Litwack is Alexander F. Morrison Professor of American History at the University of California, Berkeley, where he has spent almost his entire career, earning a B.
In lieu of an abstract, here is a brief excerpt of the content: Reviews in American History Black Southerners in the Age of Jim Crow. Notes, bibliography, and index.
Inthe student newspaper at Fisk, a black university in Nashville, predicted a major shift in race relations in the post-Reconstruction South. To its thinking, a new generation of Negroes had emerged, less patient and fearful than before.
This, in turn, had bred a new generation of whites, "even more hostile and bitter than the older ones.
This prediction proved accurate--and the consequences severe. The decades of the late nineteenth and early twentieth centuries witnessed a dramatic rise in racial violence and repression throughout the South. Trouble in Mind continues the narrative begun in Leon Litwack's previous book, Been in the Storm So Long, which followed the lives of black Southerners during the years of Civil War and Reconstruction.
The earlier book employed a mountain of evidence to capture the determination of former slaves seeking to exercise their liberty in meaningful ways.
The new book tells a far bleaker story. Some scholars may be disappointed. In place of statistics--there is not a single chart or graph in this page book--one finds folktales, church hymns, blues songs, prison records, oral histories, scrapbooks, private diaries, newspaper accounts, and assorted public records.
There are no disputes with fellow historians, no grand theories about the hardening of segregation, the impact of industrialization, the promise--and failure--of reform movements such as populism.
What Litwack has produced is a riveting, "bottoms up" account of people who worked and struggled in relative obscurity. A graceful writer with an eye for the perfect quote, the telling anecdote, he purposely steps aside to allow his subjects, wherever possible, to speak for themselves.
The result is an elegant panorama of black southern life, adding fresh detail and perspective to a depressingly familiar story. Owing a debt to Joel Williamson, who brilliantly laid the groundwork in The Crucible of RaceLitwack views the late-nineteenth-century South as a racial battleground, pitting younger, more assertive African-Americans, born in freedom, against a white community determined to enforce black deference and subordination at every turn.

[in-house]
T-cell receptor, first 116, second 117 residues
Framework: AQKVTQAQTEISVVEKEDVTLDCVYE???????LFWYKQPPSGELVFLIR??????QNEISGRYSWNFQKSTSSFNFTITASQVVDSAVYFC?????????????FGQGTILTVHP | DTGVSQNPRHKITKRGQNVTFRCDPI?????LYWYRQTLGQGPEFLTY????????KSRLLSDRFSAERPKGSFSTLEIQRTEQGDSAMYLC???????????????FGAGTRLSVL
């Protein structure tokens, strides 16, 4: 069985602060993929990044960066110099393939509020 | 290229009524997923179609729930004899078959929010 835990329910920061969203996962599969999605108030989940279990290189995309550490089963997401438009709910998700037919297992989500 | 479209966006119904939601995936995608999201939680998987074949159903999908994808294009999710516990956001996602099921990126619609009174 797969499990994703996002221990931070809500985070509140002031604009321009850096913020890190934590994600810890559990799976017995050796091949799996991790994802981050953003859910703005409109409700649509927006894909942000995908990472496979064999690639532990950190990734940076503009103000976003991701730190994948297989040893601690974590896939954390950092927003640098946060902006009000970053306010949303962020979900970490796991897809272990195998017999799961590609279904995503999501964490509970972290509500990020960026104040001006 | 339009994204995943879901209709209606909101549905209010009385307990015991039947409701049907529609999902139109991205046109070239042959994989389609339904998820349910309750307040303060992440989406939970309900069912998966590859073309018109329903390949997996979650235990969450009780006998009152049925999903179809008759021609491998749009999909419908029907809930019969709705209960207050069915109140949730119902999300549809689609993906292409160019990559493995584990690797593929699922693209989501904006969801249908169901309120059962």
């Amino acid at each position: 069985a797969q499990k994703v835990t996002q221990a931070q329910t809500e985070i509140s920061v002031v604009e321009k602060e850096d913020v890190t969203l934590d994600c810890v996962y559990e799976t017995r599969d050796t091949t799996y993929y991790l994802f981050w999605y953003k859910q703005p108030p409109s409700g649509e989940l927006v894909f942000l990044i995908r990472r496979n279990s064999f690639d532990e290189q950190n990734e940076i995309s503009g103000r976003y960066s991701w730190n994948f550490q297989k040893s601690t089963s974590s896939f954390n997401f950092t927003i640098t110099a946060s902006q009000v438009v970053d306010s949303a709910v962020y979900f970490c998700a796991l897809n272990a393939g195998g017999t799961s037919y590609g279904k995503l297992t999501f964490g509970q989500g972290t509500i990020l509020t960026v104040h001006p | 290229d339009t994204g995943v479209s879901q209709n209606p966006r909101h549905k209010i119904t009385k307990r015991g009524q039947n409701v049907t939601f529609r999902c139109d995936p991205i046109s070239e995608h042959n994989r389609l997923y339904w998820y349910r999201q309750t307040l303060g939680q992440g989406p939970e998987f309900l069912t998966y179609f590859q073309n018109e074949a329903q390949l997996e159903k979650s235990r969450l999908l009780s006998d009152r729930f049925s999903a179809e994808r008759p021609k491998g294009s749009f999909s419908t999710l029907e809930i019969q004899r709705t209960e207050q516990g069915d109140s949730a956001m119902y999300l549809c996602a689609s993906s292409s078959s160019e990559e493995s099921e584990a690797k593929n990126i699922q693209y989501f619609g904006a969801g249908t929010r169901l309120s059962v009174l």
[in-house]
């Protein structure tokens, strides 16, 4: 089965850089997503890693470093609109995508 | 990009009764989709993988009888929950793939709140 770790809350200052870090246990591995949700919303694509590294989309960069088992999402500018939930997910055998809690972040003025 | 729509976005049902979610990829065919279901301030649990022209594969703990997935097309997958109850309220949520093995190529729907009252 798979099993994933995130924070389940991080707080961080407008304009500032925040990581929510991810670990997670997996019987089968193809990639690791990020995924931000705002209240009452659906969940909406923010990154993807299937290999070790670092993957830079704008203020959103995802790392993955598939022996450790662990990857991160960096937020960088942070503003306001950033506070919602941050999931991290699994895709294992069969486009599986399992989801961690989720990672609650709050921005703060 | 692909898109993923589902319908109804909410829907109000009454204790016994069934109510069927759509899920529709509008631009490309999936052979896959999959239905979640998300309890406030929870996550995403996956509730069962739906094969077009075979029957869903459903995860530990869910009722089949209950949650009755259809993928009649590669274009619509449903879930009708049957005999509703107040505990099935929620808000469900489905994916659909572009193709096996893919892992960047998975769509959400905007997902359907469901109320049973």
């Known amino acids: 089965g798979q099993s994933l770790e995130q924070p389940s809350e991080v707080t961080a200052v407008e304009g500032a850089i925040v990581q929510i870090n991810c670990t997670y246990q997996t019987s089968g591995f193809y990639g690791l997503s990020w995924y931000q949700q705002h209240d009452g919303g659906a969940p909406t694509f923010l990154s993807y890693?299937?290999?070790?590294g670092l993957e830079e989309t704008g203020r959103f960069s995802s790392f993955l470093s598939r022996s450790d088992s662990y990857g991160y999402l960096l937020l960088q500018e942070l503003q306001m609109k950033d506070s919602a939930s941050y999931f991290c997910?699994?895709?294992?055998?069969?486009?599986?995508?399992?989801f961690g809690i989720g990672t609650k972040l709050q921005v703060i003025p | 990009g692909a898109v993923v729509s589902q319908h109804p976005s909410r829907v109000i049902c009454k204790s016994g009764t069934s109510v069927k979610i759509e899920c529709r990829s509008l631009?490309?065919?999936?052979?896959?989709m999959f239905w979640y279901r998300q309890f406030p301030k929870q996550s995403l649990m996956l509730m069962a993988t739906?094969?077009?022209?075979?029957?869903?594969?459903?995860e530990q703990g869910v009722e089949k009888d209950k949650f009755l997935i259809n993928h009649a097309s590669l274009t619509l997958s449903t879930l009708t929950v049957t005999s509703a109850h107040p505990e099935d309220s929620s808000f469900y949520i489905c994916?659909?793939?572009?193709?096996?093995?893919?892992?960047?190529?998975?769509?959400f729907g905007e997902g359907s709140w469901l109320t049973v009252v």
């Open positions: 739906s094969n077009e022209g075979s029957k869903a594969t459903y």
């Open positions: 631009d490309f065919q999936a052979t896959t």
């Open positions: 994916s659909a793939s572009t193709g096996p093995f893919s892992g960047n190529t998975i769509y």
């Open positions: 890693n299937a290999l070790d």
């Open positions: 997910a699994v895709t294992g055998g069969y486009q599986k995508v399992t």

It was, of course, a wildly uneven fight. Southern whites made the laws, owned the land, ran the schools, controlled the courts, wielded the power. It is true, as Litwack demonstrates, that whites differed widely in their perceptions regarding the "bad" behavior of young southern blacks. Some believed that emancipation had caused an inferior race to revert to its "primitive" African roots by placing it beyond the "civilizing" orbit of white control.
Others worried that freedom had provided blacks with an inflated sense of their "modest" potential. Either possibility was unsettling to southern whites, who sensed that the "faithful" slaves of yesteryear had been replaced by a more dangerous breed.
The spectacle of public lynching, the spread of Jim Crow laws, the disenfranchisement of black voters, the curtailment of educational opportunities, the extension of peonage--all were intended to keep the "new Negro" firmly in place.
The time frame for Trouble in Mind through World War I--includes the mass migration of central and southern European peoples to the United States.
To think otherwise, to view black southern life as "simply another version of the classic struggle of all immigrants," he notes, is to ignore "the unique and overwhelming obstacles" created by America'sAbout Leon F.
Litwack. Leon F. Litwack, PhD is the Pulitzer Prize-winning author of Trouble in Mind: Black Southerners in the Age of Jim Crow, Been in the Storm So Long: The Aftermath of Slavery, and North of Slavery: The Negro in the Free States,.
Black American Feminisms Web site, where one will find an extensive bibliography of Black American Feminist writings from across the disciplines, dating back to the early nineteenth century when African American women like Maria Stewart, Anna Julia Cooper and Sojourner Truth challenged the conventions and mores of their era to speak publicly against slavery and in support of Black womenÕs rights.
slavery Essay Examples. The conclusion of the Civil War in favor of the north was supposed to mean an end to slavery and equal rights for the former slaves. Although laws and amendments were passed to uphold this assumption, the United States Government fell short.
A Review of Leon F. Litwack’s Book North of Slavery ( words, 2. These events of generations ago, when the nation stood on the cusp of a new century, shape much of ''Trouble in Mind,'' Leon F. Litwack's portrayal of the American . I began researching Northern slavery about the year during the course of general Civil War research, and I noticed there was a dearth of information about it online.
There was a dearth of it in print, too. I remembered reading Leon Litwack's excellent book "North of Slavery" in college. APA Citation. Litwack, Leon F. () North of slaverythe Negro in the free States, Chicago: University of Chicago Press, MLA Citation. These citations may not conform precisely to your selected citation style.
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